The Story of Waihe’e: The source of the land
Walking along the coast of the Waihee Refuge today, listening to the sounds of the wind that the kupuna called Ka makani kili oopu, a 1.6 million year old story unfolds beneath your feet. In some ways this story is the story of the entire Hawaiian archipelago, but there are some twists to this story that combine to make Waihee unique. While humans have only walked this land for just over a thousand years, the geological forces that shaped Waihee are written in broad strokes across the entire landscape.
The mountain that rises up from the refuge, variously known as Mauna Kahalawai, Puu Kukui, and sometimes simply the West Maui Mountains, is a geologically young 1.6 million years old. Haleakala, visible across Kahului Bay, by comparison is a geological infant at a mere 1.2 million years old. It is important to note, however, that the ages used to date these volcanoes, which geologists simply call shield volcanoes, are dated to the time when they reached their peak in height. In reality, Mauna Kahalawai and Haleakala stopped growing 1.6 million years and 1.2 million years ago respectively. Both mountains were undoubtedly substantially higher at their peak, but millennia of erosion has reduced their height, and on Mauna Kahalawai in particular, there are deeply incised large valleys where streams flow to the ocean today. At the edge of the Refuge, the Waihee Stream flows into the ocean at a rate of about 15 million gallons each day.
What gives the Waihee Refuge one of its most unique characteristics are the sand dunes that surround it, creating a hollow of sorts, a feature that contributed to the Hawaiian name for this area, Kapoho, or the hollow. If Mauna Kahalawai is defined today by the erosion that shaped its many valleys, Kapoho is defined by these sand dunes. These dunes, which geologists refer to as Aeolian, or wind-blown dunes, are the result of the power of the ice ages. Typically, most of us do not think of ice ages as shaping these islands which lie in the northern tropics. However, Waihee is a testament to the power of these frigid epochs to shape and transform landscapes even thousands of miles distant from the glaciers that shaped North America.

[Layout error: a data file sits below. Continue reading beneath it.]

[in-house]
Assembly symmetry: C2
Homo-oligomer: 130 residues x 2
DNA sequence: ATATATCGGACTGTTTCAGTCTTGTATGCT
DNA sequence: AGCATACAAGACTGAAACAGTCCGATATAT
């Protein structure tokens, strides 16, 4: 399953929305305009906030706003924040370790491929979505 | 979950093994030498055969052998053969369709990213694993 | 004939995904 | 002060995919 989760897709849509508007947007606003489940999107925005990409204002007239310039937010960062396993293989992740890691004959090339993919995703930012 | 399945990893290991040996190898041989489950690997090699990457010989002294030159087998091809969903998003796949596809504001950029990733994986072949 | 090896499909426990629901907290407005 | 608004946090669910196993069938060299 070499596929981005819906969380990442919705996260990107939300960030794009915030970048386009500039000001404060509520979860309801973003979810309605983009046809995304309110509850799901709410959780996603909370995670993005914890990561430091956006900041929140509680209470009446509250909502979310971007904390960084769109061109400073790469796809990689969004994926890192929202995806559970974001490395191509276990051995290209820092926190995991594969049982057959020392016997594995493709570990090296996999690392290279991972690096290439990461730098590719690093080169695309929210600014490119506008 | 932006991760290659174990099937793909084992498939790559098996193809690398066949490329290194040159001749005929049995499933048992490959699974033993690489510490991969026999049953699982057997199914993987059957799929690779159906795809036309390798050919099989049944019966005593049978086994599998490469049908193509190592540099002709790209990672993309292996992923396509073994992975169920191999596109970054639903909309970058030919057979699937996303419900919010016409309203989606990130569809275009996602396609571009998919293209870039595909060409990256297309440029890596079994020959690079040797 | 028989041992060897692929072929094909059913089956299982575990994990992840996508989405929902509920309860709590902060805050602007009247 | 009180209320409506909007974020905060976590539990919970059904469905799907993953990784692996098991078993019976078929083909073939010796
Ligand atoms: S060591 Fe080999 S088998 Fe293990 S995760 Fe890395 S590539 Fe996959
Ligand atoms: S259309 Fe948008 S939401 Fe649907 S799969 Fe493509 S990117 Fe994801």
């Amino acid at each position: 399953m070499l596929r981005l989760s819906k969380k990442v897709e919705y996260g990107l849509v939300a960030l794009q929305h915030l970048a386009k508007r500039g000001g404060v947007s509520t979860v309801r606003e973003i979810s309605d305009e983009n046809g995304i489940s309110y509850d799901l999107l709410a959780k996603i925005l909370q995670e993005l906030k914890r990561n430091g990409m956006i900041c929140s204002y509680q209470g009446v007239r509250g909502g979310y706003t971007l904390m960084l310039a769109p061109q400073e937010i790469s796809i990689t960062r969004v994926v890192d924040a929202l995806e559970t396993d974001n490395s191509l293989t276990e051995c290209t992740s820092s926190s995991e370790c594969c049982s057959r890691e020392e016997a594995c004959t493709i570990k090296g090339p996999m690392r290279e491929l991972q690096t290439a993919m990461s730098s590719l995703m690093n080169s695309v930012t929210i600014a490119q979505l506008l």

Two ice ages are notable in the geological formation of Maui, Mauna Kahalawai, and Waihee. The first occurred when Haleakala had recently completed its shield building phase and probably rose to an elevation between 12 and 14 thousand feet occurred approximately 1.2 million years ago. This glacial period occurred during the middle of the last geological time period, the Pleistocene, and was particularly severe. With vast volumes of water captured in the northern hemispheres ice caps, sea levels around all of Hawaii dropped hundreds of feet; so much in fact, that the islands of Maui, Molokai, Lana’i and Kahoolawe became one massive island. So large, that this massive island, known colloquially as Maui Nui (or great Maui), was approximately 20% larger than Hawaii Island is today. The massive size of Maui Nui accounts for Maui’s incredible biodiversity, as large islands, unsurprisingly, capture the largest number of species flying (or floating) over the vast Pacific Ocean. Little remains to be seen of this powerful ice age in Waihee today, but the signature of the next glacial period, quite literally surrounds the Waihee Refuge.